This application has potential for far greater automation and data storage, perhaps using ArcView itself. Adopting the ArcView approach would facilitate the data entry process in that the physician could geocode the data, not onto a hard-copy sketch with subsequent transfer, but with a single click of the mouse on the appropriate image. The other data-entry components could also be more user friendly than they currently are.
Further research into the spatial distribution of melanoma in the study group is also possible. Examination of the channels taken through the lymphatic system may reveal some correlation between it and one or more of the independent variables recorded.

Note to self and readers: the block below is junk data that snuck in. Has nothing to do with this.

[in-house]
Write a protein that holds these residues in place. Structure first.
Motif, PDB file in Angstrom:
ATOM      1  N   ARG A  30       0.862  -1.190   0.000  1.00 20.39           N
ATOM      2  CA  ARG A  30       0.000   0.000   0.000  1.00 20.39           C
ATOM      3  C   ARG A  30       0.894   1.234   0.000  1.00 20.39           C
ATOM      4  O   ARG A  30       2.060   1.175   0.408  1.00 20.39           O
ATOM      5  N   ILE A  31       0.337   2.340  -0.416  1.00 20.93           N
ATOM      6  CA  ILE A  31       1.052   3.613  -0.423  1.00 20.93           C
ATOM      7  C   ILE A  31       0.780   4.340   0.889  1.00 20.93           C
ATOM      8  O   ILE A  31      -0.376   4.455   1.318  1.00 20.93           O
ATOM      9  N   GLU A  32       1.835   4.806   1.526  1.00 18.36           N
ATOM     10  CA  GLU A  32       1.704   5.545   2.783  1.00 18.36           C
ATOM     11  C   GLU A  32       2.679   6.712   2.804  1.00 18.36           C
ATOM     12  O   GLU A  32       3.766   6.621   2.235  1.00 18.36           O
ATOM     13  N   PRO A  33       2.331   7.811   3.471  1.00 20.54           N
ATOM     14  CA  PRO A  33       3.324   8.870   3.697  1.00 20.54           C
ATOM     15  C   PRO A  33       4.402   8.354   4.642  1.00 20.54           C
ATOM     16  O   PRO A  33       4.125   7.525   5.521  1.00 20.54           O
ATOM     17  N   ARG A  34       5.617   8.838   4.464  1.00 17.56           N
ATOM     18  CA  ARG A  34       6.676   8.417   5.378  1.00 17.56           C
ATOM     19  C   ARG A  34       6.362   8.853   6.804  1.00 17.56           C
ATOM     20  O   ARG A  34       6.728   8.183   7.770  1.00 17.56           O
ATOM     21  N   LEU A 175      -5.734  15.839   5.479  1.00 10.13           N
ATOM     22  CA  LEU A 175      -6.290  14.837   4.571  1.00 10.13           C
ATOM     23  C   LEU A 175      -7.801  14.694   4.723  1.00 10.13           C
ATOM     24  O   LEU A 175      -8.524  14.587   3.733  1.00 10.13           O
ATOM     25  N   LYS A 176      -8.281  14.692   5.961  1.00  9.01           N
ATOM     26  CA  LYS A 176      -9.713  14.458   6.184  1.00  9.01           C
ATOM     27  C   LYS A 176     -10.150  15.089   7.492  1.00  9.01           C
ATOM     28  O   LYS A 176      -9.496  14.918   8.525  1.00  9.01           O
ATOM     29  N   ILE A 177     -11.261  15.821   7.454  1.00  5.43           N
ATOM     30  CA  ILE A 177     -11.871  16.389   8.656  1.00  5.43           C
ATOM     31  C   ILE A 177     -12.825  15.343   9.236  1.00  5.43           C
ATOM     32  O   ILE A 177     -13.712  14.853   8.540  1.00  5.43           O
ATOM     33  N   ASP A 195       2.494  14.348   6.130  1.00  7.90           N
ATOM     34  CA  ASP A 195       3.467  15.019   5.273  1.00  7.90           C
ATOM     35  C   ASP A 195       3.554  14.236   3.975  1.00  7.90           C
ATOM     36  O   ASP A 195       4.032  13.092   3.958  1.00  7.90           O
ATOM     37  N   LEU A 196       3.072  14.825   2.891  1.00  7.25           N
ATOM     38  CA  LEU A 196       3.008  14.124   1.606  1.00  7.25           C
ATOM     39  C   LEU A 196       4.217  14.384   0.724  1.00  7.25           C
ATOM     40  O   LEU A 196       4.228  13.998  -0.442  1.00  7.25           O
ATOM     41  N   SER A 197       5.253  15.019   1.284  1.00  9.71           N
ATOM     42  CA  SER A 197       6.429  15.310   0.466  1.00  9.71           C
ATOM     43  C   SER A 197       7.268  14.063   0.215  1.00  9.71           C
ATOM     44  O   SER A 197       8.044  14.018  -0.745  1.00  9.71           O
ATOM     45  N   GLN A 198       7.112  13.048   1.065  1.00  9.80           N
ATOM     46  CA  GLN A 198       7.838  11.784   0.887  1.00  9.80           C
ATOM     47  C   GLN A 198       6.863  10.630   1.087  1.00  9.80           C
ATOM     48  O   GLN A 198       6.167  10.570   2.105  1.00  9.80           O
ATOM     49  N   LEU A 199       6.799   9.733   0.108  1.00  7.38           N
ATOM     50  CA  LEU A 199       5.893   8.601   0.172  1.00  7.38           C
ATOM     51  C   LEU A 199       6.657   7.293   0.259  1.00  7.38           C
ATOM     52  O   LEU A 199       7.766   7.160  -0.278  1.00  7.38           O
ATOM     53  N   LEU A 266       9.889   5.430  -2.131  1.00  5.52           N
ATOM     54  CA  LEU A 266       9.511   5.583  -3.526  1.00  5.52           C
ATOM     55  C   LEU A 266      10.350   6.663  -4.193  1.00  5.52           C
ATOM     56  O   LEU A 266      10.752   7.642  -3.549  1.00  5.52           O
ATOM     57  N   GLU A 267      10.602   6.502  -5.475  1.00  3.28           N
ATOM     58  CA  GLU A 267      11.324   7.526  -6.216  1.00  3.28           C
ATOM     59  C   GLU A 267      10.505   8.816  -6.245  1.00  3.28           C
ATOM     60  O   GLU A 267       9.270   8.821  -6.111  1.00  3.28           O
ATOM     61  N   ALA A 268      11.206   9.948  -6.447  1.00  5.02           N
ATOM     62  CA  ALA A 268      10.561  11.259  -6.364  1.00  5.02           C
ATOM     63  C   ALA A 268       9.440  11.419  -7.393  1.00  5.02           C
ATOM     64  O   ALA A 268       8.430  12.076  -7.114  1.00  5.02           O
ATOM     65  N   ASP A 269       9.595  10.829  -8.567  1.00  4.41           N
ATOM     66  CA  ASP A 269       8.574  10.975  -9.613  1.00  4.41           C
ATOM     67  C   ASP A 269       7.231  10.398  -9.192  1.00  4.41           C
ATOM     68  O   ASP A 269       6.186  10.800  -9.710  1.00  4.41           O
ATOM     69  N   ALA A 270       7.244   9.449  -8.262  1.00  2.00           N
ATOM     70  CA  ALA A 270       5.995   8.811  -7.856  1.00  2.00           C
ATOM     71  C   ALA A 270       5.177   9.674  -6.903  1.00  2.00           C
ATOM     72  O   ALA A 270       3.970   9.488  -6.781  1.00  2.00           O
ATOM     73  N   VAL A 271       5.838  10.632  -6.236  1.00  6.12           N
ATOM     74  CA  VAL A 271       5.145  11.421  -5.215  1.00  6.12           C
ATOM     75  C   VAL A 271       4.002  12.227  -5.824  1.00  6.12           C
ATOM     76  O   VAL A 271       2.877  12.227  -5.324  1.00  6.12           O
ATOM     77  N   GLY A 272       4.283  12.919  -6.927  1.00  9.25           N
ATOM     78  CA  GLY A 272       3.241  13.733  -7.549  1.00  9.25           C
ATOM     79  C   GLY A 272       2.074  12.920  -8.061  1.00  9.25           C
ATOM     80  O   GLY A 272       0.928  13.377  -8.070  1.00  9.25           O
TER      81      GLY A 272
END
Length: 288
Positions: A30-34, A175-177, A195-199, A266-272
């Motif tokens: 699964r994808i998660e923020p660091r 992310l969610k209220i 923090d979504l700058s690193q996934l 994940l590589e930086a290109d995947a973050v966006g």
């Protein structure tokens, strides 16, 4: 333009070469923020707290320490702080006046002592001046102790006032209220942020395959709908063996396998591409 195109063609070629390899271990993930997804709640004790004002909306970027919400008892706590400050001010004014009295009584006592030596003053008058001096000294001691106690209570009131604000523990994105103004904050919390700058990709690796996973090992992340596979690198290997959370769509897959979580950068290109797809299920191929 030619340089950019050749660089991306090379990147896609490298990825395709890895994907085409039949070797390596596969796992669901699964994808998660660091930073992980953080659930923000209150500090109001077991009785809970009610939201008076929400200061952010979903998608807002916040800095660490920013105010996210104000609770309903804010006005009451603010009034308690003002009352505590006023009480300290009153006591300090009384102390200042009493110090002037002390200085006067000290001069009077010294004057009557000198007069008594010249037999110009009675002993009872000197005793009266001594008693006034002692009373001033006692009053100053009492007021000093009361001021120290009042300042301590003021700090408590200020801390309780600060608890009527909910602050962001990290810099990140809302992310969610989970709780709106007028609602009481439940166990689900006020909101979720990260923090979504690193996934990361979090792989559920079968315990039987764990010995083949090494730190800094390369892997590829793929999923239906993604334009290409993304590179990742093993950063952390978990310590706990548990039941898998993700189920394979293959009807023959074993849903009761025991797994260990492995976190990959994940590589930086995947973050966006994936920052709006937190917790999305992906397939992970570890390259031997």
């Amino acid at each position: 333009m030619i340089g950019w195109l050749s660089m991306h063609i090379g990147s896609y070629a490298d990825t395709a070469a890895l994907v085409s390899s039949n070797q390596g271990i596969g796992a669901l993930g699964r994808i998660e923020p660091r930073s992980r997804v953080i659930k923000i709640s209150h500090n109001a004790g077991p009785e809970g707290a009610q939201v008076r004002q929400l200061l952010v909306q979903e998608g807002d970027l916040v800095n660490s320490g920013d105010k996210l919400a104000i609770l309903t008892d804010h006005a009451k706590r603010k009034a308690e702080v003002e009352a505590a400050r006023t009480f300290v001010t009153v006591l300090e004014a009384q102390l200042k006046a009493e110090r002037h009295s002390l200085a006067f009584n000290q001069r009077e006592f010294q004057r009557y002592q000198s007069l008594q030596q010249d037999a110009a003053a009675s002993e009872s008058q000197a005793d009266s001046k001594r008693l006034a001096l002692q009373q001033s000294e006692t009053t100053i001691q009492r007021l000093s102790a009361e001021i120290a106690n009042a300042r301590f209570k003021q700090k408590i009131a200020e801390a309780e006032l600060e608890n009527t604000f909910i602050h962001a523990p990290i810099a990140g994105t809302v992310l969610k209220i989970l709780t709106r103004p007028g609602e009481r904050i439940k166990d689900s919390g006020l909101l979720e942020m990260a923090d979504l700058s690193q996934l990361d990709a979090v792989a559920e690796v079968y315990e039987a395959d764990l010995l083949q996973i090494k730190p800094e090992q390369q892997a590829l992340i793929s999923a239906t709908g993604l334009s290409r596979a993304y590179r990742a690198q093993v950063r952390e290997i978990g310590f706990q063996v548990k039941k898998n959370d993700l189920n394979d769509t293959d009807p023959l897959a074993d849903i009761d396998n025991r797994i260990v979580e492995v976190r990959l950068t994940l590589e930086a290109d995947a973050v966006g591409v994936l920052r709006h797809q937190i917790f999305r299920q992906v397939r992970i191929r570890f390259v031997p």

Integration of the images obtained from the digital gamma camera with the application is also a long-term goal. If some reasonable common reference points could be introduced to the lymphoscintigraphic images, a registration and rectification process could produce a normalized representation with far more detail than is currently stored in the system. Techniques such as neural-net pattern recognition could also be used to classify channels and nodes.
For more information, contact Andrew Coates BE, School of Civil Engineering, University of New South Wales, Sydney, Australia.; Dr. Roger F. Uren FRACP DDU, Nuclear Medicine and Diagnostic Ultrasound, Missenden Medical Centre.
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